There are as many flavors and styles of mediation and mediators as there are colors in fall foliage, but there are also many constants. If you opt to use our professional mediation services, here is what you should expect:
What to Expect in Mediation
• The mediator will be impartial and neutral. The mediator will not take sides and has no stake in the outcome of the dispute.
• The mediator will facilitate discussion between participants to the mediation.
• The mediator will not make substantive decisions. The participants make the decisions.
• The mediator may provide information relevant to your matter, including information about the law. The mediator will not give you legal advice.
• The mediator will ensure that each participant is permitted to voice their concerns and respond to the concerns expressed by other participants.
• The mediator will work to ensure that discussions remain civil and are conducted in a neutral, comfortable environment, even when discussions produce strong emotions. The mediator may pause or terminate a mediation in appropriate circumstances.
• The mediation is confidential. The mediator will not share information revealed during the mediation with anyone. The participants will agree that the mediator shall not be compelled to divulge information about the mediation should the parties end up in court.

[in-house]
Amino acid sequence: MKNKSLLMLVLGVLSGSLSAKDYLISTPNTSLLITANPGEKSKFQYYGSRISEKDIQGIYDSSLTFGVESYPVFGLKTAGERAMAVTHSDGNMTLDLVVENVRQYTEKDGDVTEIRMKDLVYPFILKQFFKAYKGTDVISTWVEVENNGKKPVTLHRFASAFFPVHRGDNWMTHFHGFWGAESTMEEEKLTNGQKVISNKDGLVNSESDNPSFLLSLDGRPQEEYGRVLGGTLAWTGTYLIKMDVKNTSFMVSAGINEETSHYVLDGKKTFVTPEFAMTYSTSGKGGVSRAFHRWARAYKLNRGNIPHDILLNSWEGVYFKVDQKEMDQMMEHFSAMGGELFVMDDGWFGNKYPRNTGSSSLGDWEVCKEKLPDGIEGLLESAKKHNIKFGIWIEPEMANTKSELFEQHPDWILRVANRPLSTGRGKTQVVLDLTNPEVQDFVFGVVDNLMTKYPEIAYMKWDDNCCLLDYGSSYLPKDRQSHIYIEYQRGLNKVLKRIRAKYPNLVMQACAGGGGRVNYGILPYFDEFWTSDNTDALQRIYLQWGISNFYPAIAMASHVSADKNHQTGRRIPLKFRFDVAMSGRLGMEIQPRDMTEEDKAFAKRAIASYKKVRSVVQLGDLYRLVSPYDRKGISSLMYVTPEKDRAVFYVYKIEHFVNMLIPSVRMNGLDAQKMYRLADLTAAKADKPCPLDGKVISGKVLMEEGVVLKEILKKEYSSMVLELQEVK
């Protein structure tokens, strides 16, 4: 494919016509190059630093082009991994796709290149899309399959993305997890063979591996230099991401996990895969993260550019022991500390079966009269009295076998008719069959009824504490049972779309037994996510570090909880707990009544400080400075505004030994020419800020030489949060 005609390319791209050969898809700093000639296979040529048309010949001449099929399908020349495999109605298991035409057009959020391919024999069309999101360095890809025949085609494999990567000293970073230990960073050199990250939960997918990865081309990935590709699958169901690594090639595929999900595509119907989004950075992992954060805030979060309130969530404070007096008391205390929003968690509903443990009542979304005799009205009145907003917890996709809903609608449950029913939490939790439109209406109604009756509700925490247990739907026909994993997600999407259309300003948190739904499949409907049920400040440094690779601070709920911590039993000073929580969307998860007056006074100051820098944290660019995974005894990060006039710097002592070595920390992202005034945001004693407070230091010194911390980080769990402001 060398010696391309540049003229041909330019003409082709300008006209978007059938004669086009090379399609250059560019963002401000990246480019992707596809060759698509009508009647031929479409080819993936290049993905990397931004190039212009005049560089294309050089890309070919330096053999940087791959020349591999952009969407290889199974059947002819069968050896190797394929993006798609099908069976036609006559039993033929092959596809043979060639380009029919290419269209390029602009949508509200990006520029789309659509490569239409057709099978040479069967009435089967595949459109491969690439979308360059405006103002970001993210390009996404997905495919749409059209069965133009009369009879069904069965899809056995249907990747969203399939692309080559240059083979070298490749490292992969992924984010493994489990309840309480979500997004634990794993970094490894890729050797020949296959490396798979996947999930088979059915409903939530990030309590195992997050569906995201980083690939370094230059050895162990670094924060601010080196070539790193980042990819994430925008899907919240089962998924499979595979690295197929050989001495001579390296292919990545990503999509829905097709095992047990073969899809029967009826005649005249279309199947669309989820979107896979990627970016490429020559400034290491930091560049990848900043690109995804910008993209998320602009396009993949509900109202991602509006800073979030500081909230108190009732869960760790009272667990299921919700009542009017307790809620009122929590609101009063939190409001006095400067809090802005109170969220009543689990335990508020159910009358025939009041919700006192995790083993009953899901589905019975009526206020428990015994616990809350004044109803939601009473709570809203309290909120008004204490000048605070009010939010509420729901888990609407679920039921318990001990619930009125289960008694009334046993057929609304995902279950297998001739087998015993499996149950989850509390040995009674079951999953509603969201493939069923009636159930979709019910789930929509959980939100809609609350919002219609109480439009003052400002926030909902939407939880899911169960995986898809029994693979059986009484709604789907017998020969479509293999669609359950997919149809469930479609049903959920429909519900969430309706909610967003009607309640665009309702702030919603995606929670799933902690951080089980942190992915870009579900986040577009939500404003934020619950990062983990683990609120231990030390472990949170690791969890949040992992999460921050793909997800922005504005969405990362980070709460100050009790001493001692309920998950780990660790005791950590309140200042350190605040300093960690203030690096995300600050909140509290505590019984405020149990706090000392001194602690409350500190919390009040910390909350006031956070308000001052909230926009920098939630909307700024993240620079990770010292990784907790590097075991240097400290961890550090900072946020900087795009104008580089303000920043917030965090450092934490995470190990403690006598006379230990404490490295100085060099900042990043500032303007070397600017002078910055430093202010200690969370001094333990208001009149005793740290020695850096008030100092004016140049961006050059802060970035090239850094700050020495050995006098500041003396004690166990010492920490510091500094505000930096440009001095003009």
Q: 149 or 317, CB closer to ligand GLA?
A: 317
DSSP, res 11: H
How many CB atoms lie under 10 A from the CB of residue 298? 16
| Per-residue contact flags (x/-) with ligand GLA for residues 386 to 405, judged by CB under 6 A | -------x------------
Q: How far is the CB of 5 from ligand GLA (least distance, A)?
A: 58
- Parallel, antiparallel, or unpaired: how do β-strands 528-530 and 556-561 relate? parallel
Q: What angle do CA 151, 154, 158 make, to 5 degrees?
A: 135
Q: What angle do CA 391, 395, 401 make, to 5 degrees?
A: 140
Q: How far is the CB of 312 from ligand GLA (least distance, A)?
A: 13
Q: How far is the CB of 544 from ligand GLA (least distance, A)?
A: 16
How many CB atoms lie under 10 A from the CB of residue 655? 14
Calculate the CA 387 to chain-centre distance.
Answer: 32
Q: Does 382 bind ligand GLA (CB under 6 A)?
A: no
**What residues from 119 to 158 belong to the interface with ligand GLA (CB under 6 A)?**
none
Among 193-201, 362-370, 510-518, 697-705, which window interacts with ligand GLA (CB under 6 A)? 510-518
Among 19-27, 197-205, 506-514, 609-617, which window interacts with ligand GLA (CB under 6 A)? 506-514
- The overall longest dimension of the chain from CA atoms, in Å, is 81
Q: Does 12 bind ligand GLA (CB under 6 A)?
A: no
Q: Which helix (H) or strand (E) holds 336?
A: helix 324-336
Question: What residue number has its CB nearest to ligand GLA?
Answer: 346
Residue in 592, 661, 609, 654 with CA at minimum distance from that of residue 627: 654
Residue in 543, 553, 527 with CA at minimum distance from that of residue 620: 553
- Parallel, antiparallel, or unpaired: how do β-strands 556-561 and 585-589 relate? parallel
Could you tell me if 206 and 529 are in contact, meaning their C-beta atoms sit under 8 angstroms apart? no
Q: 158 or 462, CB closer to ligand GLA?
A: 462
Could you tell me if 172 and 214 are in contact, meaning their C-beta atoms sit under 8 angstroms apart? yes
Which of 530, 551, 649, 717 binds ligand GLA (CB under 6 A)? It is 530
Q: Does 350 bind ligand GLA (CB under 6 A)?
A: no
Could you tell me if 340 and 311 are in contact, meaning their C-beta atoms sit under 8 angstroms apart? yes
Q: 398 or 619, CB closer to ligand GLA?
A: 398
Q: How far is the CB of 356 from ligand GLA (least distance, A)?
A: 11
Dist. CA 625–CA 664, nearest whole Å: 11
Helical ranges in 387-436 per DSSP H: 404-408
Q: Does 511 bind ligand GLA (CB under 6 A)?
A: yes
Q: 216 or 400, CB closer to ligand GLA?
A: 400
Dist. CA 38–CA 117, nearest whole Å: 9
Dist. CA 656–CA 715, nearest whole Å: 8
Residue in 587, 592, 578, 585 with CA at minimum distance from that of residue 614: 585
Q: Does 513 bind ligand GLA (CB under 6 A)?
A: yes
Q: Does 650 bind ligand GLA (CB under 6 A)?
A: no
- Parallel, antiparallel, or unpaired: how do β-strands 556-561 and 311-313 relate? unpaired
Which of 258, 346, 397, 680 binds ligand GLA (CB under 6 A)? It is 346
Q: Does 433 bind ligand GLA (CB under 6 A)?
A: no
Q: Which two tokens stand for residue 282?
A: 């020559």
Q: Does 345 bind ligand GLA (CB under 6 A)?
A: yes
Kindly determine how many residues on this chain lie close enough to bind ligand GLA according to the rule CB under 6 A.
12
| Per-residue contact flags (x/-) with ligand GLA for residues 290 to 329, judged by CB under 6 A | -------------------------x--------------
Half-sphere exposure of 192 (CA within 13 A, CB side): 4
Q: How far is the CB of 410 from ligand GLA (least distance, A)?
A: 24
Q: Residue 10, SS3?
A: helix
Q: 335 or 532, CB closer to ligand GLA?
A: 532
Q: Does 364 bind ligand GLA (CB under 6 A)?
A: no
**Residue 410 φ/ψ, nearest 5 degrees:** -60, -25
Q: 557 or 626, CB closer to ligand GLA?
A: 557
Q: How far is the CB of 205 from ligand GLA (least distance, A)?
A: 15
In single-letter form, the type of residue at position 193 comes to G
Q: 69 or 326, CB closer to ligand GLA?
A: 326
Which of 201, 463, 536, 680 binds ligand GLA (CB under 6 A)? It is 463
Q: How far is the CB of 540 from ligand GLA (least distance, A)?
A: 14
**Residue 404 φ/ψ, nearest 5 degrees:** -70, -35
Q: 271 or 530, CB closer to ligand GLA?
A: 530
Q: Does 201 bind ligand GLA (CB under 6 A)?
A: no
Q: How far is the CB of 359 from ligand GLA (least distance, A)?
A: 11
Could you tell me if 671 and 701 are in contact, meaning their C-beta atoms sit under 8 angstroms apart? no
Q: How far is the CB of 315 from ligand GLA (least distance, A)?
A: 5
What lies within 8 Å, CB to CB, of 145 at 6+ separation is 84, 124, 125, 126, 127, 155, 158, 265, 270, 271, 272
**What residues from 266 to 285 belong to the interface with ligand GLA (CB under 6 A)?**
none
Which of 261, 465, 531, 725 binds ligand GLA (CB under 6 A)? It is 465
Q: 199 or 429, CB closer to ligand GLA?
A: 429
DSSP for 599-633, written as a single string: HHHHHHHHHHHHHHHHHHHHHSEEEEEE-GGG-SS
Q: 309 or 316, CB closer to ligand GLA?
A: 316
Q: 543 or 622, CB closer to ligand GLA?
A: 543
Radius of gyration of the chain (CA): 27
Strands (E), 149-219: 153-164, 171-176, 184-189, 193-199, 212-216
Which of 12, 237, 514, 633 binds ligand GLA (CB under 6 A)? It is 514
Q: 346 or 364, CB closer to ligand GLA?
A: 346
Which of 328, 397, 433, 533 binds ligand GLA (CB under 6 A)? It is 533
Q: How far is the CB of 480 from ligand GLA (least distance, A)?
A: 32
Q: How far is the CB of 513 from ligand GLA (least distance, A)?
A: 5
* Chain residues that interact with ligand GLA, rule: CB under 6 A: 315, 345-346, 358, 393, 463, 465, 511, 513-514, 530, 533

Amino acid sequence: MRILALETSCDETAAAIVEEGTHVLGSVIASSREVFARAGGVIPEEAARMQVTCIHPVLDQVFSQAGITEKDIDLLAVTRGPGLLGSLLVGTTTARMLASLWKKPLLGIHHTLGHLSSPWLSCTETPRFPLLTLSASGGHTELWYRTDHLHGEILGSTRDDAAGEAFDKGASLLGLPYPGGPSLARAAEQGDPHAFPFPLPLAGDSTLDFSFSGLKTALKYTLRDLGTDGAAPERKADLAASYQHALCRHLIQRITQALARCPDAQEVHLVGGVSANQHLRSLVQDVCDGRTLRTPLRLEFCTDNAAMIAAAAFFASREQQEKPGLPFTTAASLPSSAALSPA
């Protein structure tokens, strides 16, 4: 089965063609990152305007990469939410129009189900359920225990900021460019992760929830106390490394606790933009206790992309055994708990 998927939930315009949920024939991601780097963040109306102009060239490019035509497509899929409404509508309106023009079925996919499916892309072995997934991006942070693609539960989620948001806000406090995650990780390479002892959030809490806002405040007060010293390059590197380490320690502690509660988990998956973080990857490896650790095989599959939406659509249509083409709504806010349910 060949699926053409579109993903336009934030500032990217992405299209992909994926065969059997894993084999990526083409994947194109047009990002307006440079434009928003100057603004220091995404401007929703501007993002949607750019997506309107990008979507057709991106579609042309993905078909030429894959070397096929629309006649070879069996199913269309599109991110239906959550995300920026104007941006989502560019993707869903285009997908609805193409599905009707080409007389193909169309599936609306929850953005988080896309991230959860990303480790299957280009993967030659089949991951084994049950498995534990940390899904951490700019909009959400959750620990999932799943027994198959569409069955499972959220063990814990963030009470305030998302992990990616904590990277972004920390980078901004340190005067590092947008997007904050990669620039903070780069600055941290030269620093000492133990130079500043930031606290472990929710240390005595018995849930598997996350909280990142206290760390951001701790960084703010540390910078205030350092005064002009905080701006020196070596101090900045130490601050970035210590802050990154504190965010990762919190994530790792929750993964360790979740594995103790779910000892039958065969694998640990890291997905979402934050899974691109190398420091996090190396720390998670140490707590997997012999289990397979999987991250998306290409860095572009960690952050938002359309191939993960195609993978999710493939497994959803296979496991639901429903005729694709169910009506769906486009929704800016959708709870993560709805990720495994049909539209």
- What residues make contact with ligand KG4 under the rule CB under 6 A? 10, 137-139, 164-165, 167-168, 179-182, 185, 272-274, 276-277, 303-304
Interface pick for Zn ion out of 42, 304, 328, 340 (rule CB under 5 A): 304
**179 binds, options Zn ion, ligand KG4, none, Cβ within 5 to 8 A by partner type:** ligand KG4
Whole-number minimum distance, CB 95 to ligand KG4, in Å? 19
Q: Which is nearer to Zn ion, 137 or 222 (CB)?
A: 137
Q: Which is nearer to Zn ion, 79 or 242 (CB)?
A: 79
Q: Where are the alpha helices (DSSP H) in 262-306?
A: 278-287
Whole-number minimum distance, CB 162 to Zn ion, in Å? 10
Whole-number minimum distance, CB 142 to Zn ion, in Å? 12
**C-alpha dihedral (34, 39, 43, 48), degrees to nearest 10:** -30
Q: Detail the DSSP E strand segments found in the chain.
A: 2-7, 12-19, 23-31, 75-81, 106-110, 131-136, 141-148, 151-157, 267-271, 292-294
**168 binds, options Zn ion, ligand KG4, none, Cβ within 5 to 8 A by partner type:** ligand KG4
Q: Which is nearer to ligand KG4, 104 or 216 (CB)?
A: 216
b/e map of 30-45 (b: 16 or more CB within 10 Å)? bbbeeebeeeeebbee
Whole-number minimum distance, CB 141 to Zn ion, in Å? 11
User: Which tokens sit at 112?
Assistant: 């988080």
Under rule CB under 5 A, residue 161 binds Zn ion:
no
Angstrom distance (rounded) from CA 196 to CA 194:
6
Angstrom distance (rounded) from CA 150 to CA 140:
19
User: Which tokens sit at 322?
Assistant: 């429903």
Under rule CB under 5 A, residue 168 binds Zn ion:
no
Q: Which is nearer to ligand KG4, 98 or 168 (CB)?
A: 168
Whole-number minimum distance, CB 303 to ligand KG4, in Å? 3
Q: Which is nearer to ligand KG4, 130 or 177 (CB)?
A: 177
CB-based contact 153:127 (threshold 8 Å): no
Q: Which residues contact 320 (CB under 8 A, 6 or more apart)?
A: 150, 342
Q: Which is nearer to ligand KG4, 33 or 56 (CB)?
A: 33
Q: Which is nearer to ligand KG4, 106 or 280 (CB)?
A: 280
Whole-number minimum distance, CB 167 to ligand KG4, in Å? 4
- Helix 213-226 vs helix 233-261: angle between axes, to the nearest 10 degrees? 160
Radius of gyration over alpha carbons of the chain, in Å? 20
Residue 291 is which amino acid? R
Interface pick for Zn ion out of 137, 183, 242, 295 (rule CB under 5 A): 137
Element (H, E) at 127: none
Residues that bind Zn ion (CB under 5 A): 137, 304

• The mediator will attempt to help you resolve your dispute expeditiously. The mediator will help you keep your “eye on the ball” and work toward resolution rather than get bogged down on matters that, even if important emotionally, the discussion of which will not tend to resolve a dispute.
• Mediation is voluntary. Any participant can pause or terminate the mediation at any time.
Listen to a message from Clifford Rohde regarding what to expect in mediation:
What Mediation is Not
• Your mediator is not your lawyer. The mediator will not offer you any legal advice. If you seek legal advice, you should retain your own lawyer. If you reach a mediated agreement that could be legally binding, you are advised to have your own lawyer review it.
• Your mediator is not a judge or jury. What the mediator thinks about the merits of your arguments is irrelevant. You should not try to sway the mediator to “your side” or ask what the mediator thinks about your position. The mediator shall remain neutral.
• Mediation is not counseling. Mediators seek to help participants resolve their disputes. If you believe you need counseling, the mediator may provide you information concerning relevant resources.
• Mediation is not a forum to bully another participant. Civility and decorum are paramount. Discussions that tend toward the resolution of disputes are civil. This is not to say that emotions are not relevant or, at times, expressed. Emotions are not the focus, however, of a mediated dispute.
As your mediator, I abide by the Model Standards of Practice for Family and Divorce Mediators adopted by the NYS Council on Divorce Mediation.